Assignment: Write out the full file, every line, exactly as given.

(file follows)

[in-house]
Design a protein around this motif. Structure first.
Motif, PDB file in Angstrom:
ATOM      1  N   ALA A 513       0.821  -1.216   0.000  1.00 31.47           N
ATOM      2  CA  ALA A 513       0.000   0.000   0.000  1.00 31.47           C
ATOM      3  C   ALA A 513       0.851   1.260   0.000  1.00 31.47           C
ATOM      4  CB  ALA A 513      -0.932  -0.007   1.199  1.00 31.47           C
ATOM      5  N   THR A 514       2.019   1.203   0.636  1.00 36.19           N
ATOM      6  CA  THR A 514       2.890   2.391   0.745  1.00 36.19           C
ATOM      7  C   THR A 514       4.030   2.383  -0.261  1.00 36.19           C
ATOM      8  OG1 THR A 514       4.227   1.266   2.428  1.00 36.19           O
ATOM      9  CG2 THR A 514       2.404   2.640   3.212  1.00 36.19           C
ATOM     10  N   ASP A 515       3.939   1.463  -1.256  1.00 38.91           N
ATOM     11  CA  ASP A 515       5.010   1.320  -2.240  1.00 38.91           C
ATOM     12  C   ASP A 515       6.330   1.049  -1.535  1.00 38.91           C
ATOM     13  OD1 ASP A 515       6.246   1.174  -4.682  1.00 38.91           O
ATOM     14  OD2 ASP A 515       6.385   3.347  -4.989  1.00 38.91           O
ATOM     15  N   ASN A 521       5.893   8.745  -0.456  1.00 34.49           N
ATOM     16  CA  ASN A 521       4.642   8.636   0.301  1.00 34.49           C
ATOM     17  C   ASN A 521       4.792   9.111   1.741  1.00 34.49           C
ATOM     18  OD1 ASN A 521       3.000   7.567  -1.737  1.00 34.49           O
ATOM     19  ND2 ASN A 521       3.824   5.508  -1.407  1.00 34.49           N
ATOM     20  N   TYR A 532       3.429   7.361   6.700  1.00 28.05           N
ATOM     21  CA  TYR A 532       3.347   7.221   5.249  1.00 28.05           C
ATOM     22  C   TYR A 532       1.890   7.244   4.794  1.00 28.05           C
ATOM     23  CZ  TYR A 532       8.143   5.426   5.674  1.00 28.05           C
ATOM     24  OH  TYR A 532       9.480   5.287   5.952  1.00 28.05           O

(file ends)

[in-house]
Design a protein around this motif. Structure first.
Motif, PDB file in Angstrom:
ATOM      1  N   ALA A 513       0.821  -1.216   0.000  1.00 31.47           N
ATOM      2  CA  ALA A 513       0.000   0.000   0.000  1.00 31.47           C
ATOM      3  C   ALA A 513       0.851   1.260   0.000  1.00 31.47           C
ATOM      4  CB  ALA A 513      -0.932  -0.007   1.199  1.00 31.47           C
ATOM      5  N   THR A 514       2.019   1.203   0.636  1.00 36.19           N
ATOM      6  CA  THR A 514       2.890   2.391   0.745  1.00 36.19           C
ATOM      7  C   THR A 514       4.030   2.383  -0.261  1.00 36.19           C
ATOM      8  OG1 THR A 514       4.227   1.266   2.428  1.00 36.19           O
ATOM      9  CG2 THR A 514       2.404   2.640   3.212  1.00 36.19           C
ATOM     10  N   ASP A 515       3.939   1.463  -1.256  1.00 38.91           N
ATOM     11  CA  ASP A 515       5.010   1.320  -2.240  1.00 38.91           C
ATOM     12  C   ASP A 515       6.330   1.049  -1.535  1.00 38.91           C
ATOM     13  OD1 ASP A 515       6.246   1.174  -4.682  1.00 38.91           O
ATOM     14  OD2 ASP A 515       6.385   3.347  -4.989  1.00 38.91           O
ATOM     15  N   ASN A 521       5.893   8.745  -0.456  1.00 34.49           N
ATOM     16  CA  ASN A 521       4.642   8.636   0.301  1.00 34.49           C
ATOM     17  C   ASN A 521       4.792   9.111   1.741  1.00 34.49           C
ATOM     18  OD1 ASN A 521       3.000   7.567  -1.737  1.00 34.49           O
ATOM     19  ND2 ASN A 521       3.824   5.508  -1.407  1.00 34.49           N
ATOM     20  N   TYR A 532       3.429   7.361   6.700  1.00 28.05           N
ATOM     21  CA  TYR A 532       3.347   7.221   5.249  1.00 28.05           C
ATOM     22  C   TYR A 532       1.890   7.244   4.794  1.00 28.05           C
ATOM     23  CZ  TYR A 532       8.143   5.426   5.674  1.00 28.05           C
ATOM     24  OH  TYR A 532       9.480   5.287   5.952  1.00 28.05           O